The War Remnants Museum is one of the top tourist attractions in Ho Chi Minh City. Last Sunday I went with a friend to check it out.
I heard that the museum gave a rather one sided perspective of the war. The government also has a reputation for being less than truthful. I’d talked with vietnamese people who, after finishing school, had later discovered many things taught to them in school were simply not correct. So I was interested to see the sort of story this museum would tell.
This is what you see right as you walk into the museum grounds.
When entering the building it is not very obvious where to start.
Throughout the museum you see displays of US military stuff including Mortar launcher, bazookas, rifles, uniforms, etc..
We eventually found a poster with a recommended order in which to view the exhibits, starting with The Historic Truths room.
This is the first thing you see in the Historic Truths room. This is an excerpt from the Democratic Republic of Vietnam’s Declaration of Independence in 1945. It reads:
Vietnam has the right to enjoy freedom and independence and has really become a free and independent country. The entire Vietnamese people are determined to mobilize all their physical and mental strength, to sacrifice their lives and property in order to safeguard their liberty and independence.
According to the museum, this is roughly how the war started:
In 1945, Vietnam declares its independence from French Colonialism. The US doesn’t like this so they try to subvert the new Government by helping other vietnamese organizations cause trouble. This goes on until 1954 when the Geneva Accords recognized Vietnam as an independent country. The French pull out but the US doubles down eventually starting a military conflict with the new Vietnamese government which escalated into the Vietnam War.
Now, I am not that familiar with the US’s version of events but what I think is important is that right off the bat, you get this picture of the meddlesome and aggressive US trying to subvert the freedom of the Vietnamese people. (I am inclined to think that there is some truth to this actually.)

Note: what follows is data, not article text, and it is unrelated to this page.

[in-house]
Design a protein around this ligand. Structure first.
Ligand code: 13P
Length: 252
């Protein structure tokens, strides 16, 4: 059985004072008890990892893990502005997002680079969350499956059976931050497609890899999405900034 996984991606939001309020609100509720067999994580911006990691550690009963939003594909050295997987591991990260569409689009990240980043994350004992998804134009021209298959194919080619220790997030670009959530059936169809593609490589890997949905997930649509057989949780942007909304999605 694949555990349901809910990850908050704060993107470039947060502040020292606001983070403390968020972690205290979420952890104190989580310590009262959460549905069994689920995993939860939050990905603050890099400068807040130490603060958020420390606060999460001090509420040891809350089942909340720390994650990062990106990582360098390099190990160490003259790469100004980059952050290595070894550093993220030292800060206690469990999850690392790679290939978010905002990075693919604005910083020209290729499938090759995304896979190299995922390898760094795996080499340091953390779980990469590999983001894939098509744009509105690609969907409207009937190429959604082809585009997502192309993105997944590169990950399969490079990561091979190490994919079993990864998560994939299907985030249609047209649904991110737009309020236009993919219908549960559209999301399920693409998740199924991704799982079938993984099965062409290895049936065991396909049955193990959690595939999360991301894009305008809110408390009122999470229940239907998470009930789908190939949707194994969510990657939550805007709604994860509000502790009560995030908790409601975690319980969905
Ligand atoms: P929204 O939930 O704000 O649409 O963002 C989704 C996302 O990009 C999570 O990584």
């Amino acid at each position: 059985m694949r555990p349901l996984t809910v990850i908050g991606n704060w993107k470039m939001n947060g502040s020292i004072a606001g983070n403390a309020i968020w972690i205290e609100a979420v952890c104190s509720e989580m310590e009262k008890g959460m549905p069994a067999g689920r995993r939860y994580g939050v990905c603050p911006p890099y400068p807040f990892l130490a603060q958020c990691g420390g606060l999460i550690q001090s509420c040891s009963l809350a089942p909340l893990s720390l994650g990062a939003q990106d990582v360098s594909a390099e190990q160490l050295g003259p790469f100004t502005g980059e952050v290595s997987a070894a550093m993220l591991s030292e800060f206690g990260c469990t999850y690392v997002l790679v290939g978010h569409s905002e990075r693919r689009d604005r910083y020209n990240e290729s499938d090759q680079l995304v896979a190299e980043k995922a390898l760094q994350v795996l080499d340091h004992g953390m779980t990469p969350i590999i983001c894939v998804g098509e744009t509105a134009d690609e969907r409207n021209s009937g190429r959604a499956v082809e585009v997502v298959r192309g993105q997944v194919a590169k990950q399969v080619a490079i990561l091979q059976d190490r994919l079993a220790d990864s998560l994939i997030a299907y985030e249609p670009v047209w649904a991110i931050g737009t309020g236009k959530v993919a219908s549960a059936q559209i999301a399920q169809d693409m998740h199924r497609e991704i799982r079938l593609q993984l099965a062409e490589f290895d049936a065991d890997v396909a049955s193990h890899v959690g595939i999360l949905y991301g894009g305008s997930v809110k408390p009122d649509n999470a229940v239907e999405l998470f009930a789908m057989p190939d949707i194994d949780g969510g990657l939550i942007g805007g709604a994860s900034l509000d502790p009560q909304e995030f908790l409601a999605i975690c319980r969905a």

So the story continues in the next room which is filled with photos of the war. Many of the images were collected from journalists who were killed in action. Which I think is really cool. Here are some of those photos. Sorry for the poor photo of a framed picture quality.
There was also a whole section dedicated to Agent Orange. For those who dont know, Agent Orange was a chemical that the US used for deforestation. It was mean to make it harder for the Vietnamese to hide in the jungle by basically destroying all the plants. It caused a lot of health problems and genetic mutations to people who were exposed to it. Pretty messed up stuff.
Then on the next floor there was another exhibit with lots of pictures and displays of weapons and things.
Now here is one of the strongest anti-American messages in the whole museum.
When I saw and read this, it gave me chills. It just all sunk in. The entire message of this place. A light turned on in my head. I looked around and realized I had not seen a single image of a vietnamese soldier, nor a vietnamese weapon, vehicle, or anything that reminded people that there was another side to all this.
The Americans were the ones with weapons and soldiers. The photos, the quotes, the hypocrisy of statements about life, liberty, and the pursuit of Happiness, next to the horrible images and artifacts of war. Wow.
There are some things that I took from this experience.
First off, the story that this place tells is as interesting as the careful way that it tells it. I cant think of any other place like this that is so strongly one sided in its message.
Second, in America, its easy to become flippant in the way we talk about war. America, for all its greatness, has directly caused a lot of suffering, and the death of many innocent people. War and the violence that America feels so justified in preparing for and funding ruins lives. And in spite of how one sided this museum’s message was, I don’t think it was wrong to say that America caused a lot of suffering and did some terrible things in the Vietnam War. Its important to remember that the effects of war and violence often goes far beyond its intended targets.
Overall, the War Remnant Museum was a very interesting experience, and it’s inspired me to research on the other side of the story. I recommend it to anyone visiting Ho Chi Minh city.